By Tash Macknish, National Manager – OD&HR, Data#3
[Reading time: 4 mins]
Technology initiatives have not always been the first port of call for HR professionals looking to influence employee attraction and retention.
However, when you break down the considerations of workforce planning, the role of technology is unquestionable. This is especially true as you start considering how your business can achieve its strategic goals with the current workforce, and what their future needs will be.
One area that is becoming increasingly important in both attracting and retaining staff, is how we can leverage technology to provide a flexible, collaborative workplace. You might see this labelled digital workspace or enterprise mobility in tech circles. Essentially, we are talking about the ability to deliver a fully functional, workplace IT experience to nearly any employee regardless of the device they are using, or where they happen to be. These devices could be any piece of technology that an employee uses – desktops, laptops, tablets, phones and even smartwatches. Locations could be anywhere inside and outside of the office – desks, meeting rooms, communal spaces, a café, at home, in the field, at the airport or in the back of a taxi.
The thing that HR teams need to consider is that any digital workspace project is an extension of the investment placed in your people. By putting them at the centre of any technology transformation, you can build a more engaged – and more productive – workforce. It’s the motivation behind Data#3’s vision for The Anywhere Workplace.
The Anywhere Workplace is the ultimate expression of device and environment flexibility, allowing your staff to work on the device they are most comfortable with, in the environment they feel most productive in – or the one they just happen to be in.
The ability to move and work freely throughout the office environment, or to work remotely from the field or at home, is a crucial one in influencing employee satisfaction.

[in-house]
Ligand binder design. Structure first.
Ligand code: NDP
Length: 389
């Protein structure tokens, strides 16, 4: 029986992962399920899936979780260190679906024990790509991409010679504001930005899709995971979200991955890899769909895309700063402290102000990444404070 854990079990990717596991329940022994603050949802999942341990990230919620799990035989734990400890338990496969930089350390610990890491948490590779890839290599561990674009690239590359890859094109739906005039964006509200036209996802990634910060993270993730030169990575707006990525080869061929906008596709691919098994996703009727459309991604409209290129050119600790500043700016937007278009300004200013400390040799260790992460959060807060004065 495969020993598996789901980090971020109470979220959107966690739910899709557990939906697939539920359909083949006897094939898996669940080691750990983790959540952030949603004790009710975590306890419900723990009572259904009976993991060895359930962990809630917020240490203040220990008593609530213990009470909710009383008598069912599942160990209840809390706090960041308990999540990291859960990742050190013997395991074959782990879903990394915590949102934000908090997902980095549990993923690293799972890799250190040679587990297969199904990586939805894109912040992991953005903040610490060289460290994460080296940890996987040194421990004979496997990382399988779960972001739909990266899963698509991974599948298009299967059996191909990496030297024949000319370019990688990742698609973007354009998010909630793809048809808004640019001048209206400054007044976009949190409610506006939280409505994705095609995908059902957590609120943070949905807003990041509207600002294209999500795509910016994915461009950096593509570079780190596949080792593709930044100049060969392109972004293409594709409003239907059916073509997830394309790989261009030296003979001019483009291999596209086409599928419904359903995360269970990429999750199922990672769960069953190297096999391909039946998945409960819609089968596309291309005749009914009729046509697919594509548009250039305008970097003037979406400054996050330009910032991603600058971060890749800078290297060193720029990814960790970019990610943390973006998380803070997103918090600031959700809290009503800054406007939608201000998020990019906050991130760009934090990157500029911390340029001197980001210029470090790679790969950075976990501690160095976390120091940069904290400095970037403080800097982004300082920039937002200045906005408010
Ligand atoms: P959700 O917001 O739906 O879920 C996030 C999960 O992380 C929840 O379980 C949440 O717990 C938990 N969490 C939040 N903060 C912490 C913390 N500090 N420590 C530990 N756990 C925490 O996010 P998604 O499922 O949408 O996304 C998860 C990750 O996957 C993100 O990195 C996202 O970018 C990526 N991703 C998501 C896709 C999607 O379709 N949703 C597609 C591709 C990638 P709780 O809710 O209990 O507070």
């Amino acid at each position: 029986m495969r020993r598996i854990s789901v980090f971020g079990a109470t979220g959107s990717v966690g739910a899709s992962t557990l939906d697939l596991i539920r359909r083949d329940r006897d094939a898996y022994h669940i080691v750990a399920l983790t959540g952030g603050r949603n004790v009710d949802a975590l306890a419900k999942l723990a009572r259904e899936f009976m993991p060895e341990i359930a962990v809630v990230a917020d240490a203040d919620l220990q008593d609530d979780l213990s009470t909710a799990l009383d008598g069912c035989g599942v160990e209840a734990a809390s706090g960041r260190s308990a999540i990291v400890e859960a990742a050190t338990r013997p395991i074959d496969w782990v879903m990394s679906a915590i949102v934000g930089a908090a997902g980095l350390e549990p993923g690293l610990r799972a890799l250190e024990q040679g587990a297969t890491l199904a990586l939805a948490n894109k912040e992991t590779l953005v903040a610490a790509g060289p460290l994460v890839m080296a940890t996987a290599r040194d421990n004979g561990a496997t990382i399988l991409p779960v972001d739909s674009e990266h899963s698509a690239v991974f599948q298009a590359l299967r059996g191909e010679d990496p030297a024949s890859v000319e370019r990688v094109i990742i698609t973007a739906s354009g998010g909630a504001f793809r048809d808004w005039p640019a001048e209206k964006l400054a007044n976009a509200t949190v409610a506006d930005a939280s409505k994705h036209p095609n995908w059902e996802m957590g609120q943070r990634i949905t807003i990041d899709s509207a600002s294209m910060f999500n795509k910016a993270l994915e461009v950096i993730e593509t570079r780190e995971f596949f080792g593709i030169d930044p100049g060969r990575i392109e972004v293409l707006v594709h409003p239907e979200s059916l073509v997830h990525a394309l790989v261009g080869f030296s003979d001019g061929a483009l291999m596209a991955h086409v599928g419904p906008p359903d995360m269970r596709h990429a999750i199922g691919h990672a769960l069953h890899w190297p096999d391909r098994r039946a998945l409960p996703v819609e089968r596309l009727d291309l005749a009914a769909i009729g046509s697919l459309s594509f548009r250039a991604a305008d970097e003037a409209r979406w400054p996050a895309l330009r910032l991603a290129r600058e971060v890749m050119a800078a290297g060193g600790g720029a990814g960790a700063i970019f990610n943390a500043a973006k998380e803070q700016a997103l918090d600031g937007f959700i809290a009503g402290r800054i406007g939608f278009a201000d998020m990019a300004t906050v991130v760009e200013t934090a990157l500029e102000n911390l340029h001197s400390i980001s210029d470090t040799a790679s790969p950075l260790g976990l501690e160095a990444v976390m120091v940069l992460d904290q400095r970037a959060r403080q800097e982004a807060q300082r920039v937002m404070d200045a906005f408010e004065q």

This Forbes article, for instance, cites a Stanford University study that was among the first to investigate the impacts of flexible working. Over a nine-month period, their findings revealed that flexible workers tended to achieve greater output, took less time off sick, and considered themselves happier in their work.
The outcomes of digital workspace projects also extend beyond staff outcomes and benefits. Enabling your people to effectively work from anywhere can reduce the amount of people in the office, which often translates into real estate cost savings.
Providing access to all of your applications from anywhere also means no more waiting until you are back at the office to complete a task. You can turn dead time, such as public transport commutes or waiting at the airport, into productive time if the need arises.
Delivering this sort of experience within an enterprise environment however is not without challenges – technology, process and human. Whilst it is a people-centred initiative, IT are obviously still a key stakeholder and need to be engaged along the journey. We have seen in different situations HR or IT take the lead on an enterprise mobility initiative; yet both sides are integral to the success of such a project.
With this in mind, here are four key ways that HR can become part of any digital transformation or enterprise mobility project:
A digital workspace project can be truly transformative for a business. By demonstrating the importance of such a people-first approach to technology, and the wider benefits it can provide around attracting and retaining the best staff, HR management can ensure that these technology projects deliver on this promise.
Learn more about The Anywhere Workplace at data3.com.au/theanywhereworkplace.
Tags: Human Resources, Mobility